... nothing is as neat and orderly as a new calendar
Every November, as soon as January appointments began to pile up, I used to search for the perfect calendar. I thought my criteria were easy. Each day had to have its own block. Each week had to begin on Sunday. An entire month must show at once. When the calendar was hung on the wall, no picture could show. There must be a spiral binding.
As life went on, one calendar was not enough. The kitchen calendar belonged to the whole family and the information was in stone. If it was “on the calendar”, it was as good as done. The computer room calendar received all information from the upstairs phone and computer, to be transferred at some point to the kitchen. And the pocketbook calendar held everything that needed to be portable. The criteria for each remained the same.
One would think that shopping for this trio would be relatively easy since pictures are not considered. Actually they are. I buy a Massachusetts photographic calendar for the kitchen. I like the heft of the thick pages. I do fold back the fantastic scenery, but I enjoy it at the beginning of each month when the page is changed. Perhaps I may use these scenes to show my Florida-bred grandchildren what Massachusetts is like at its best. On the other two, pictures don’t count.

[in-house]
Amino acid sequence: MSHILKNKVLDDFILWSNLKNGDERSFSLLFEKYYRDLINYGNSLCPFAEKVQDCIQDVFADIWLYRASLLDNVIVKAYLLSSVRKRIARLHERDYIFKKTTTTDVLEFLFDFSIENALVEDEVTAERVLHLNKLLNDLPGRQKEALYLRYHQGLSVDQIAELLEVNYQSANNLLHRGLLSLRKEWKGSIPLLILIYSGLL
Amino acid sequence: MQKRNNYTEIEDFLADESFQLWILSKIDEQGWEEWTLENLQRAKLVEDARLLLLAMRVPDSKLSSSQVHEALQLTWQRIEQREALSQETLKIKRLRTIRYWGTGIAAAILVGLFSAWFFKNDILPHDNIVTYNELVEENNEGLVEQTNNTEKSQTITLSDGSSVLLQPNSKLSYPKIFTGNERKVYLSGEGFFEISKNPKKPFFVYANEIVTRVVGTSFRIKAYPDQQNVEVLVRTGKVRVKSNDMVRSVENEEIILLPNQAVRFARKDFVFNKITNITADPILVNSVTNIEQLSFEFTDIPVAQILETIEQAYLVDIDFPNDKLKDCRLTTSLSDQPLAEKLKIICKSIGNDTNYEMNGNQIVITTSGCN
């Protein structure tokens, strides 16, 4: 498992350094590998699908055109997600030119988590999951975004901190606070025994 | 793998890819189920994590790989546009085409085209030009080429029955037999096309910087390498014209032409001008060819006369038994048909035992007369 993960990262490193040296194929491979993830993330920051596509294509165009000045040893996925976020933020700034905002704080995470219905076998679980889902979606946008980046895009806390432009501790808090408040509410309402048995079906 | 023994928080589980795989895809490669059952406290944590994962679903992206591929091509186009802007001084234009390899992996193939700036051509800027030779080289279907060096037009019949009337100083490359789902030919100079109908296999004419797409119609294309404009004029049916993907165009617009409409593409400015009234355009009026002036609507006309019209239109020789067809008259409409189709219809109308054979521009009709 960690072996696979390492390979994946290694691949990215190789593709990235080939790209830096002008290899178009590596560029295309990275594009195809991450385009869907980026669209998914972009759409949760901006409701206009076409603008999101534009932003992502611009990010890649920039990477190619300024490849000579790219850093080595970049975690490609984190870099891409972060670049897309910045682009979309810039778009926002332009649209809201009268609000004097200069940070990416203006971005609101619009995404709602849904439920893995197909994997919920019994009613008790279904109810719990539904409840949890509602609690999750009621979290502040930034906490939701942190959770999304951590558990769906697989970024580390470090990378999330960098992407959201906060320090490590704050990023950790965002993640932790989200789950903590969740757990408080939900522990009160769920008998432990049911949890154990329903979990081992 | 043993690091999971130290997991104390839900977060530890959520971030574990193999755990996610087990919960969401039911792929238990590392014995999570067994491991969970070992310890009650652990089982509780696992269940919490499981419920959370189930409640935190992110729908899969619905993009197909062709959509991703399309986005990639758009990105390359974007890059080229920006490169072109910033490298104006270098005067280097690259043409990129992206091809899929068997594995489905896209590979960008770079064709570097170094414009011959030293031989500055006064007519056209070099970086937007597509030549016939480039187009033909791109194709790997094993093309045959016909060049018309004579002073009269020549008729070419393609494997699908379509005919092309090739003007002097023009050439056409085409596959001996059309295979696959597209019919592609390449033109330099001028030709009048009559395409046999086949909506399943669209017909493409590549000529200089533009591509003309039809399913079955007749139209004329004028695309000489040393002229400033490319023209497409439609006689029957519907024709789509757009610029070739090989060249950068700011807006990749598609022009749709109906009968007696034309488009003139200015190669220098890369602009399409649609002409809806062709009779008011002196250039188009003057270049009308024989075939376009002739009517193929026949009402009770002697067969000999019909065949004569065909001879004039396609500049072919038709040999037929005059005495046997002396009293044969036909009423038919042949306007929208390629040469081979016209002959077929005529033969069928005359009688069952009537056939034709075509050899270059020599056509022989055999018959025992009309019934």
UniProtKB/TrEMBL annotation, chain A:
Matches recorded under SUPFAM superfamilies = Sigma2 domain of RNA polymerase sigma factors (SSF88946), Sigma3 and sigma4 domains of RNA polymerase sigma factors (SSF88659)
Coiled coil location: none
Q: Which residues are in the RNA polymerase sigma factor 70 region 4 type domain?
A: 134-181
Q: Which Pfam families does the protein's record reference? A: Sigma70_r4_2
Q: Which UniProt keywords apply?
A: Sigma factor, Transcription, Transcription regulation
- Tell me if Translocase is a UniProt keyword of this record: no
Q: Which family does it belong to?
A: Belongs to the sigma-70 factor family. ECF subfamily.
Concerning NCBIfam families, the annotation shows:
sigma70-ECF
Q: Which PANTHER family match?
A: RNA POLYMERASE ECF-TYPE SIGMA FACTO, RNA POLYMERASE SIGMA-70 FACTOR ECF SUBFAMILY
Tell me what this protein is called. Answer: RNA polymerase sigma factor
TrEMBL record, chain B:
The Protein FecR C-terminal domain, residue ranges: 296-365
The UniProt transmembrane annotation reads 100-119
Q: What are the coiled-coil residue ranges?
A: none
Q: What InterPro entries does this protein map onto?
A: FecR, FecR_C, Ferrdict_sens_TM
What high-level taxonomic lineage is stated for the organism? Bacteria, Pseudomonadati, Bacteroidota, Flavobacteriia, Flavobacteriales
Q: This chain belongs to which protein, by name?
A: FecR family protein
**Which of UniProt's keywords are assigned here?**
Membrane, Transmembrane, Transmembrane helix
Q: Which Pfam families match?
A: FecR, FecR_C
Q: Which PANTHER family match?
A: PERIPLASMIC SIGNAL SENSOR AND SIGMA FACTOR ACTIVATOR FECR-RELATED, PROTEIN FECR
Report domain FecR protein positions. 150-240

When the December moment comes to actually write on the calendars, they get spread out on the dining room table with their counterparts from the preceding year. With a sharpie, all the birthdays are printed month by month beginning in February. Then the family anniversaries go on followed by underlining important holidays. If I print on the wrong month, the first disaster has occurred even before the page is used. Mistakes are always corrected with white-out. One year I turned to November to discover it was missing -- and I had purchased the calendar in a shop in Maine. That day I added to my criteria: it must be purchased at a local store.
The three calendars are stored in a handy spot to receive all the new year’s information. Some people I know use color codes for family members or activities that occur at regular intervals. I just plod along with black gel pen and white-out. I admit to writing diagonally when the event spans more than one day. When New Years Day arrives, the old calendars are replaced by the new. The old kitchen calendar is kept for reference and for the photos. The others enter the recycle basket without their spirals.
As dentist appointments, haircuts and celebrations are added, I realize how ingenious the concept of time is. Aboriginal people in their never-changing climate didn’t really need a time keeper other than light and dark. But our modern culture demands that we keep track of where and when we are going. So my trio of calendars continues to this day. Viva la calendar – and Happy New Year, Everyone.
January 7, 2011